Ruiz to help guide Smithsonian’s National Museum of the American Latino
- April 1, 2022
- UCI Distinguished Professor emerita is among 18 leaders selected nationwide to serve on inaugural scholarly advisory council
The Smithsonian’s National Museum of the American Latino has established a scholarly advisory committee to guide the museum on important matters and provide input on the museum’s comprehensive plan to preserve, document, display/interpret and promote knowledge of U.S. Latino history, art and culture. Vicki L. Ruiz, UCI Distinguished Professor Emerita of history and Chicano/Latino studies, joins 17 other leaders from around the nation in service of the museum’s mission.
“I am honored and excited to serve on this inaugural committee,” said Ruiz, who has over three decades of scholarship, research and instruction in Latino/a history and received the 2014 National Humanities Medal. “The museum will provide an opportunity to tell compelling, diverse stories that have remained in the shadows of the American journey, some stretching back over 500 years.”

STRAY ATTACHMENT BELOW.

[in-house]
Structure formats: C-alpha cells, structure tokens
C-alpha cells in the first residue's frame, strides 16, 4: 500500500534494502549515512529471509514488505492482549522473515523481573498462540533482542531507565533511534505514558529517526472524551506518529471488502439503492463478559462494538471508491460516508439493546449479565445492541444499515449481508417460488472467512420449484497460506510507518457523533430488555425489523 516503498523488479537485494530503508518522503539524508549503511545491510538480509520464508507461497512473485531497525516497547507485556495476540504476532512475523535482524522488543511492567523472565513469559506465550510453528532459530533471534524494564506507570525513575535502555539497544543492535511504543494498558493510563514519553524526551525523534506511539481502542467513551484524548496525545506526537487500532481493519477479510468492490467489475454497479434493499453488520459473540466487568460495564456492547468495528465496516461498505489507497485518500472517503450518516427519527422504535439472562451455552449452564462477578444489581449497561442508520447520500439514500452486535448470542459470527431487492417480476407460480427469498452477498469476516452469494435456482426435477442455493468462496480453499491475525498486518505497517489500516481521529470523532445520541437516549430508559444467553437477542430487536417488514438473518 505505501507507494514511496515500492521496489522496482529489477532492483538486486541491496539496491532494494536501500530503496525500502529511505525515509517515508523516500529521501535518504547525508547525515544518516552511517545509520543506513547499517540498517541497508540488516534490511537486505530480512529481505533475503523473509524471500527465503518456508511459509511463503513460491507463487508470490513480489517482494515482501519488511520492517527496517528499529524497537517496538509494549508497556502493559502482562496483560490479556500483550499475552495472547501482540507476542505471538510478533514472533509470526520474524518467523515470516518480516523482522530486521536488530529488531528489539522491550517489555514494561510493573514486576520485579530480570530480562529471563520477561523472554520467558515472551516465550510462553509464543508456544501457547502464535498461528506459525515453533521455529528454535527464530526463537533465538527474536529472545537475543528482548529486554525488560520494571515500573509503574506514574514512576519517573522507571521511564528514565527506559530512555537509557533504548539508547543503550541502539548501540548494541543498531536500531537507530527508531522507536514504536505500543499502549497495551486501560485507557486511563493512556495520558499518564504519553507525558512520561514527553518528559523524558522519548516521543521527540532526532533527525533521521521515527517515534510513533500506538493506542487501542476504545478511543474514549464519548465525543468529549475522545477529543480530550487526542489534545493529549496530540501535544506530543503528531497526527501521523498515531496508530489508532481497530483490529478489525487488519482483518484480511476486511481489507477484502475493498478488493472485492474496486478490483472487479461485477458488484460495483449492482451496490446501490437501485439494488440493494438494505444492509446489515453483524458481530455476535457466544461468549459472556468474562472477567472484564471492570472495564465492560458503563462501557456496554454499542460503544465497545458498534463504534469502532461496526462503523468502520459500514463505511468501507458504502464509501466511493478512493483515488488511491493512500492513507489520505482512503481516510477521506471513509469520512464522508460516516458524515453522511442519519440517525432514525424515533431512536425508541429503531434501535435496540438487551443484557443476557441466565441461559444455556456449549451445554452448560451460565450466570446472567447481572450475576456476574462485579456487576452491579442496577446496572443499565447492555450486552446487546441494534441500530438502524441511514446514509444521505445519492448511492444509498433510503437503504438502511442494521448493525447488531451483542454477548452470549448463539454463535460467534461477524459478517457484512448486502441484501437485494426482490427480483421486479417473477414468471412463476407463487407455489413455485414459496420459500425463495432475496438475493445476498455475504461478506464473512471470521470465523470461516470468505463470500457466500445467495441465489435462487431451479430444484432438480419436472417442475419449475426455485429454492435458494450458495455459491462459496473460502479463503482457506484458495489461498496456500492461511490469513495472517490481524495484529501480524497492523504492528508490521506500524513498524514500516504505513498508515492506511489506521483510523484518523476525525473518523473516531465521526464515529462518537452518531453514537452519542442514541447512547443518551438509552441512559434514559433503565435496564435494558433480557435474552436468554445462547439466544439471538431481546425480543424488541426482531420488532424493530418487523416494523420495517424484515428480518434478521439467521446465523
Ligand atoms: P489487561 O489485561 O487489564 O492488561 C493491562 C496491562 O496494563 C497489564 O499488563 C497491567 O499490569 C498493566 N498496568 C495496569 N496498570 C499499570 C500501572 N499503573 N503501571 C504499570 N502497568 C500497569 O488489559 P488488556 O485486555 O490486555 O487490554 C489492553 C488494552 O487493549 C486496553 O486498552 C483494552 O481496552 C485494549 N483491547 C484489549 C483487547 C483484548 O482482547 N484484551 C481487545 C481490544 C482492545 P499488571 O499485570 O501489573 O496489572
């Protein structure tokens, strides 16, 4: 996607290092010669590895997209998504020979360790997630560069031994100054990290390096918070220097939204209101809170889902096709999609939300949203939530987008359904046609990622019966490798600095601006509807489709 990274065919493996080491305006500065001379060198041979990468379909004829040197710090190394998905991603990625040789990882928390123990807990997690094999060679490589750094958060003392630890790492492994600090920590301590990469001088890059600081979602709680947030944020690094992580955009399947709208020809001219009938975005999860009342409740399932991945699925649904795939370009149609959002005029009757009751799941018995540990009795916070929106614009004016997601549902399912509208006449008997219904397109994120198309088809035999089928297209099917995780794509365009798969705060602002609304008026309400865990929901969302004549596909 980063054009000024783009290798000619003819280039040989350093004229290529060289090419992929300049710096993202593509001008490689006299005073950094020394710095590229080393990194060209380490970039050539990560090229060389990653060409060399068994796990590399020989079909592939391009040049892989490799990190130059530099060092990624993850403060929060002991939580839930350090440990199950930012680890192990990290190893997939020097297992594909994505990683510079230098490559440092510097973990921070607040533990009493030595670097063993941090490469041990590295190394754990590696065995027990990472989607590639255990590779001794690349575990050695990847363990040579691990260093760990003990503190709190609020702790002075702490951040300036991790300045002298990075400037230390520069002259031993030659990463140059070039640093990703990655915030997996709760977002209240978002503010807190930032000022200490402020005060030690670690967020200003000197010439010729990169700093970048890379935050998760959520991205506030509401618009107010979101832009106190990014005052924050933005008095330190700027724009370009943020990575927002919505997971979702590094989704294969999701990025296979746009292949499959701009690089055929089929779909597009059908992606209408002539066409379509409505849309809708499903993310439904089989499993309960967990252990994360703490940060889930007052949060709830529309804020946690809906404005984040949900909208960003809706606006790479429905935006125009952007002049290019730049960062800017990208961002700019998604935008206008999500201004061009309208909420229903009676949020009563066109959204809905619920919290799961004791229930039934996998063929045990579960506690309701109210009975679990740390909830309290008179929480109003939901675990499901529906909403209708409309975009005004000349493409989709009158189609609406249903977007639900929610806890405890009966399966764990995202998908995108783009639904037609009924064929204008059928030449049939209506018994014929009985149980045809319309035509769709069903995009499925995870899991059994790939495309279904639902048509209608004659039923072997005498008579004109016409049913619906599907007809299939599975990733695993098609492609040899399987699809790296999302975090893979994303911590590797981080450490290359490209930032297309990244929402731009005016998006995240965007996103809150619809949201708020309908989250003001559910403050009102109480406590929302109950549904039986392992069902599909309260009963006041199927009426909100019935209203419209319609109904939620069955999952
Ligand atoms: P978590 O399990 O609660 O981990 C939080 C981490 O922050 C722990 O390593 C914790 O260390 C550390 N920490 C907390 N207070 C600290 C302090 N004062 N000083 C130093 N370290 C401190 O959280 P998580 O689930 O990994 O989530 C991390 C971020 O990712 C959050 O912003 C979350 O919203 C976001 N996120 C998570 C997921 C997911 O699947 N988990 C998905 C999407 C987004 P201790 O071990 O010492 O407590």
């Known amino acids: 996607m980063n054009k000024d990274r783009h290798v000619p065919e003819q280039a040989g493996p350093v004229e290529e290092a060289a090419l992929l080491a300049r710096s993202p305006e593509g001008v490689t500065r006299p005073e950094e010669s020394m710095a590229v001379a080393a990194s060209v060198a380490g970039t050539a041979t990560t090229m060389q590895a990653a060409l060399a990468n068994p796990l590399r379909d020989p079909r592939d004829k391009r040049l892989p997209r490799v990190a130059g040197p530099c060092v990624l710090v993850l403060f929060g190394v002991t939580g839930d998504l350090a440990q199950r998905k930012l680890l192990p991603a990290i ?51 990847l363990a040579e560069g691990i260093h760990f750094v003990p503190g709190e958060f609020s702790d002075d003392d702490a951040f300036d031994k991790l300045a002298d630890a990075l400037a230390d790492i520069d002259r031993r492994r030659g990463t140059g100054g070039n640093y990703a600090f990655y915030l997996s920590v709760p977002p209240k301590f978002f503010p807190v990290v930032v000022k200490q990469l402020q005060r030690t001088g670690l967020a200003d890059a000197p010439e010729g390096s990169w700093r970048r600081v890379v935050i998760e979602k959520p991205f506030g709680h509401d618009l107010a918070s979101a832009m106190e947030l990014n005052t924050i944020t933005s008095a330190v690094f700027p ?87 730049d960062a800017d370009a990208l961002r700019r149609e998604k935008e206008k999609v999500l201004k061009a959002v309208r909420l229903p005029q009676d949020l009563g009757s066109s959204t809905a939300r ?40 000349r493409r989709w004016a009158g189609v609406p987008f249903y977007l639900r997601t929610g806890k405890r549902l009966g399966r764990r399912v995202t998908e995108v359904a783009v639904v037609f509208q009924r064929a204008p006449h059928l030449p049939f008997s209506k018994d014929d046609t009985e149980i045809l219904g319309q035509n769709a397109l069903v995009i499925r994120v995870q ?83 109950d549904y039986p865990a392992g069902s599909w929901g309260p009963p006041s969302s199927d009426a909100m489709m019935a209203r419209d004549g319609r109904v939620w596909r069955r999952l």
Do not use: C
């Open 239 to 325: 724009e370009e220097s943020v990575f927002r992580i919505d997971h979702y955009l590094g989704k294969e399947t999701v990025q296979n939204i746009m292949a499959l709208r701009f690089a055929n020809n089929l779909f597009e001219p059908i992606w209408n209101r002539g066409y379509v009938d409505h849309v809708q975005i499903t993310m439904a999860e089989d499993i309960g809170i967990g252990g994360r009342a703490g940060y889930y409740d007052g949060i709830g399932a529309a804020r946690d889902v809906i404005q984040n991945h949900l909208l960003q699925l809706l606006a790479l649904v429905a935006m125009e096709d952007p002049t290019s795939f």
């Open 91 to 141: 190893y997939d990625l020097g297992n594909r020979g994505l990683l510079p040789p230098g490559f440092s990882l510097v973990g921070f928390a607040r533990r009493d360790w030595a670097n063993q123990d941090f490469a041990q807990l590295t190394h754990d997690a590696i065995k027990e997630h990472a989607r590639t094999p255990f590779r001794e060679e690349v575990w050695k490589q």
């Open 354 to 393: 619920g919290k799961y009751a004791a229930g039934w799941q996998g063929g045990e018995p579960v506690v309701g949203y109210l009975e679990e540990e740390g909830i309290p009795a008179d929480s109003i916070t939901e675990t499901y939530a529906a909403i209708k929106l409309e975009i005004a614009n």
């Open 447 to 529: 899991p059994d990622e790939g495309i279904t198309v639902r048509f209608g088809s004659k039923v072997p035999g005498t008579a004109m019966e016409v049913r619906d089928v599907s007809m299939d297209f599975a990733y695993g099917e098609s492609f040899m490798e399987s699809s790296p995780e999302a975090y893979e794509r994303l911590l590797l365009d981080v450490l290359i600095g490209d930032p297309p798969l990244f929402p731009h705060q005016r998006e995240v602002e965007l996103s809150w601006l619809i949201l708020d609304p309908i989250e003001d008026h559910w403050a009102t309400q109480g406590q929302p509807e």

The 18 representatives hail from a variety of academic disciplines, such as architecture, anthropology, history and others. Together, they’ll review exhibitions and long-distance learning and digital-engagement initiatives. An inaugural meeting was held virtually to welcome recently announced museum director Jorge Zamanillo and introduce the members of the council. Initial priorities include laying the groundwork for museum’s collections, research and publishing vision.
For the past five years, Ruiz has been a member of the scholarly advisory committee for the Molina Family Latino Gallery, the first gallery dedicated to Latino history and culture in the National Museum of American History. The 4,500 square foot space will present bilingual narratives through material objects, digital displays and first-person accounts. Ruiz has reviewed drafts for the exhibit and offered suggestions for topics and biographies as well as historical and cultural objects. The first exhibition will open in June. According to Ruiz, it will provide a “preview of the ways in which Latino history is U.S. history and represents the Smithsonian’s initial step toward the larger museum.”